Wow, this new craze of Annie Sloan Chalk Paint has hit the blogger community like the virus from I Am Legend. It seems everyone has been painting furniture and their first born, for a go with this paint. I expect that $40.00 for a quart of paint would have been a deterrent to most, but not so......guess just a handful of us are the cheapies. Well maybe more than a handful, maybe two hands full. I found a recipe from HERE! I was going to make this but
I was too lazy to have a shower I didn't have a trip to town planned to pick up the ingredients. But I figured I would make like a whitewash recipe of my own. Rule # 1.....If it's too expensive, make it!! My mom used to use milk and slaked lime to paint the walls in the chicken coop. I used to use water and slaked lime to do mine as I didn't have goats like we had when we were kids.. Anyways it sure made the chicken coop all shiny and white. So this is what I came up with for my version of chalk paint:.
My Version of Homemade Chalk Paint
1 part slaked lime
3 parts acrylic latex paint
This batch was really lumpy but it was an experiment.
I painted a piece of wood that was salvaged from a renovation of our 100 year old home. After removing the million and one nails.......I vacuumed it off to clean it.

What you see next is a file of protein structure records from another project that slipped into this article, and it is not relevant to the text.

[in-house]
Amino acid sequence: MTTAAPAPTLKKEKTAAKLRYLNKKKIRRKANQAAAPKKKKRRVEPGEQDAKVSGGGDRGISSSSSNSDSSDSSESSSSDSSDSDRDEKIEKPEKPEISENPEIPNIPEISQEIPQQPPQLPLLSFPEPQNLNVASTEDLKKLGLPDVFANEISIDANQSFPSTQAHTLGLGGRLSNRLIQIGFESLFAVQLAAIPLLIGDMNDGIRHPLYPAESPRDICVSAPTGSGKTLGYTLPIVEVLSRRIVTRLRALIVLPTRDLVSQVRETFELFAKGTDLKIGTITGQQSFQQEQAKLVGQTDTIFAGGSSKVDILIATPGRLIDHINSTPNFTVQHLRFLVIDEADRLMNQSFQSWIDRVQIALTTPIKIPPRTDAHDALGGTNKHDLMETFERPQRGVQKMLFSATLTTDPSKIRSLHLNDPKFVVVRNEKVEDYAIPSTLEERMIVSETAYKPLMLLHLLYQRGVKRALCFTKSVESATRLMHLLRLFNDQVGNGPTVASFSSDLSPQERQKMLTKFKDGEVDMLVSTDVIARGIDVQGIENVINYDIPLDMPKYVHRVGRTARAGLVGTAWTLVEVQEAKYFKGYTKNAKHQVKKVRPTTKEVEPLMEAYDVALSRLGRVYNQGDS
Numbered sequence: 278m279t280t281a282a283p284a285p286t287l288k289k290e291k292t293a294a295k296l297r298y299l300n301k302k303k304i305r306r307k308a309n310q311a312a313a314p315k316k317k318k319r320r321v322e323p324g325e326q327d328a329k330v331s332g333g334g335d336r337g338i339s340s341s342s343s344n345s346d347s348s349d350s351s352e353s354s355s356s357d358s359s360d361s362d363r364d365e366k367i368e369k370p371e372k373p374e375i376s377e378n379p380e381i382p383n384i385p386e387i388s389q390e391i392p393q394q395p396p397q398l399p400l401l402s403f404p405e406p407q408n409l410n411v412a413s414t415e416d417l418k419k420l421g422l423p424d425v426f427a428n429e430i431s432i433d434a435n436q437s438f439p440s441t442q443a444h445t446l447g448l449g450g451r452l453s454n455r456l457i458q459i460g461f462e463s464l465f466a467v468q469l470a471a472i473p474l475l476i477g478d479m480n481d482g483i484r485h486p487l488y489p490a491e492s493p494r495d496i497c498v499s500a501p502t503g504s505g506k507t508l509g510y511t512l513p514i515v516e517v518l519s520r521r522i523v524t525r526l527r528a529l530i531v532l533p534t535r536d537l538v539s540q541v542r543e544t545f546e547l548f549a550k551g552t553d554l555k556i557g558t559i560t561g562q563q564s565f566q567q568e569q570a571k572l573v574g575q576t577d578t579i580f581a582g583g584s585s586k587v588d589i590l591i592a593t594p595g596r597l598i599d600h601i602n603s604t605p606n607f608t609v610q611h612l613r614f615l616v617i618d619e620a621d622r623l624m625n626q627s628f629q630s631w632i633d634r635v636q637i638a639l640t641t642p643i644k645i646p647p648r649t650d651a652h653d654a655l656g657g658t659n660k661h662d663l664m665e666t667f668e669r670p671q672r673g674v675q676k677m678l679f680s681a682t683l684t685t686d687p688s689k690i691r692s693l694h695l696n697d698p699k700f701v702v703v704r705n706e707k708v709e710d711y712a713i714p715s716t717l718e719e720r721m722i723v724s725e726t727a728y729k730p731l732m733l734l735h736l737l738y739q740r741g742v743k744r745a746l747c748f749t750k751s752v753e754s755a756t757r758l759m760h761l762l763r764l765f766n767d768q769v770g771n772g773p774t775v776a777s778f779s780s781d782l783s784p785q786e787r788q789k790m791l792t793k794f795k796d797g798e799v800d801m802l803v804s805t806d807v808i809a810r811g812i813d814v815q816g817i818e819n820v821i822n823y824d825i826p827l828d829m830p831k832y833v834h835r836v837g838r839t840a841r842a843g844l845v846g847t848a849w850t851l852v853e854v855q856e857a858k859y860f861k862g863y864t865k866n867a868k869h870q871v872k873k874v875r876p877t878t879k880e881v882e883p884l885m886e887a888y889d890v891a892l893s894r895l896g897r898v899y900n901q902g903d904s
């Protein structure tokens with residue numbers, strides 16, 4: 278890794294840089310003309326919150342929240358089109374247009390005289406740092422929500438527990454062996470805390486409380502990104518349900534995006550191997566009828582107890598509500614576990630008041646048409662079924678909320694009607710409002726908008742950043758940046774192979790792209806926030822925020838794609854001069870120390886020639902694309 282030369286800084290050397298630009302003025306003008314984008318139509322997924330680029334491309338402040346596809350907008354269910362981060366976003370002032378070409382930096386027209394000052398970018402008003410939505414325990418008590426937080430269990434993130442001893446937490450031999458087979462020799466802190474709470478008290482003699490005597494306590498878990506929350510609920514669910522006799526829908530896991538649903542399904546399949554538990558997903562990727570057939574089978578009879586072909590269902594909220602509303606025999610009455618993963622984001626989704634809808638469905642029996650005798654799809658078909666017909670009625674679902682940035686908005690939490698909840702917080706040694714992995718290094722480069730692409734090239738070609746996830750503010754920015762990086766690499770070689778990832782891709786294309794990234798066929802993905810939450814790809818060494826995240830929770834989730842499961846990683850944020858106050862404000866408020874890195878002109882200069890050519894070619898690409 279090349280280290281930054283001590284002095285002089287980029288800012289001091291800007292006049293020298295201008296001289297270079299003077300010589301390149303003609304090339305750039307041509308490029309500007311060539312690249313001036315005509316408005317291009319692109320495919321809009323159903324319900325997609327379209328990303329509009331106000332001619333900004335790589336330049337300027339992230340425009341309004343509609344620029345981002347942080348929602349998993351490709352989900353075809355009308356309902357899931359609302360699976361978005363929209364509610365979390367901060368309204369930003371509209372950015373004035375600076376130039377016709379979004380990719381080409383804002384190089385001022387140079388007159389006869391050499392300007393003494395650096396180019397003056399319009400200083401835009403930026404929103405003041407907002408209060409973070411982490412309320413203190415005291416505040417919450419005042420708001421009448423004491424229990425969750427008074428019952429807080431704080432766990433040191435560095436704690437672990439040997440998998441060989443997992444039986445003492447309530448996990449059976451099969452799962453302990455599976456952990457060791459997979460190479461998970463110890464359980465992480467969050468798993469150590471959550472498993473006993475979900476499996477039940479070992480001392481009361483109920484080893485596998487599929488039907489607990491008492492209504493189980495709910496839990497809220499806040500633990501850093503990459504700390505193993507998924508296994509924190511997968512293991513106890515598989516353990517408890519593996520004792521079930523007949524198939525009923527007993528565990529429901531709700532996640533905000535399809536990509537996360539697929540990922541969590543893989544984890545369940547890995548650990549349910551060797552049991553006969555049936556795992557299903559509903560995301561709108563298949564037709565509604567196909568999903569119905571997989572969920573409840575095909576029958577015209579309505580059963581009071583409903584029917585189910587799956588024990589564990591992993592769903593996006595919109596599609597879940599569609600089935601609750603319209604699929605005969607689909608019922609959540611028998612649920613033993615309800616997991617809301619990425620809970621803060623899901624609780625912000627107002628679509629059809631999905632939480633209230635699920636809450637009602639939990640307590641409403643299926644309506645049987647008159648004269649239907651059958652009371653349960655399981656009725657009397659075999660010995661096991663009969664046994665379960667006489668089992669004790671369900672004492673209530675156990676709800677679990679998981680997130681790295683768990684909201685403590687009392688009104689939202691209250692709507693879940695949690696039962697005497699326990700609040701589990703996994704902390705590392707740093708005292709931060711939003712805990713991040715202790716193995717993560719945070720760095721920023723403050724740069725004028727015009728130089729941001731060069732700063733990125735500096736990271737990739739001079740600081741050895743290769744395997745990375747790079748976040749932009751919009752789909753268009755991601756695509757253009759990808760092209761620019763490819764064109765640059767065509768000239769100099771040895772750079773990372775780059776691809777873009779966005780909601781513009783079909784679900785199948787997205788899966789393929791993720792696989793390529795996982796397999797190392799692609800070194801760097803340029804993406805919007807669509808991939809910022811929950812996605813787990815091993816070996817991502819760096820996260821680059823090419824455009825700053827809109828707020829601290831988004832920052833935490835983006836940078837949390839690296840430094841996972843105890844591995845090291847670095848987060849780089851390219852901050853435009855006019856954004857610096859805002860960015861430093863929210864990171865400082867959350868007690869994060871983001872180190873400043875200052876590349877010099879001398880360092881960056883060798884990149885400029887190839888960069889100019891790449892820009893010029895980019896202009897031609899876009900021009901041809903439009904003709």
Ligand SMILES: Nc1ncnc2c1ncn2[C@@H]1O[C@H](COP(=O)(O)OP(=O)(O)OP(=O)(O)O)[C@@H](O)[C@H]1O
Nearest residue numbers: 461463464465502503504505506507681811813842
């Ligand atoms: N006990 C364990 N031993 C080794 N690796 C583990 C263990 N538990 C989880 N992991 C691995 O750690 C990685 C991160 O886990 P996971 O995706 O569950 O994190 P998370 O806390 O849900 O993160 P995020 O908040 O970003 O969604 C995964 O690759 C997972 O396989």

I took it out to the garage the next day, and sanded to distress it. Also, I had to clean up all the potential slivers because I was too excited to try out my chalk paint. I should have sanded the board first.
I had purchased a inspirational vinyl quotes awhile back and transferred it on to the wood.
Next step was to buy some Annie Sloan wax.....no this can't happen.... cuz: see Rule #1, and if you remember, I was too lazy to have a shower. I found carnauba and beeswax from our stash of waxes but I also had some antique medium that I purchased years ago from a liquidation place.
I grabbed an old t-shirt rag and started to rub the carnauba wax with a bit of antique medium into the area that I had sanded. Then I just started to rub the wax all over. I think next time I will use some burnt umber oil paint mixed with the carnauba for a nicer antique effect. Not too fond of the color of the antique medium so I didn't use too much of it.
I love, that the lines from the saw which originally cut this board over 100 years ago, are still there. I didn't want to lose that.
I will put that on my shopping list for when I do my porch dresser. I must say that this paint recipe worked fairly well for me. I am pretty hopeful that it will work for my porch dresser.
Anyways, here is the finished board. I am quite happy with it.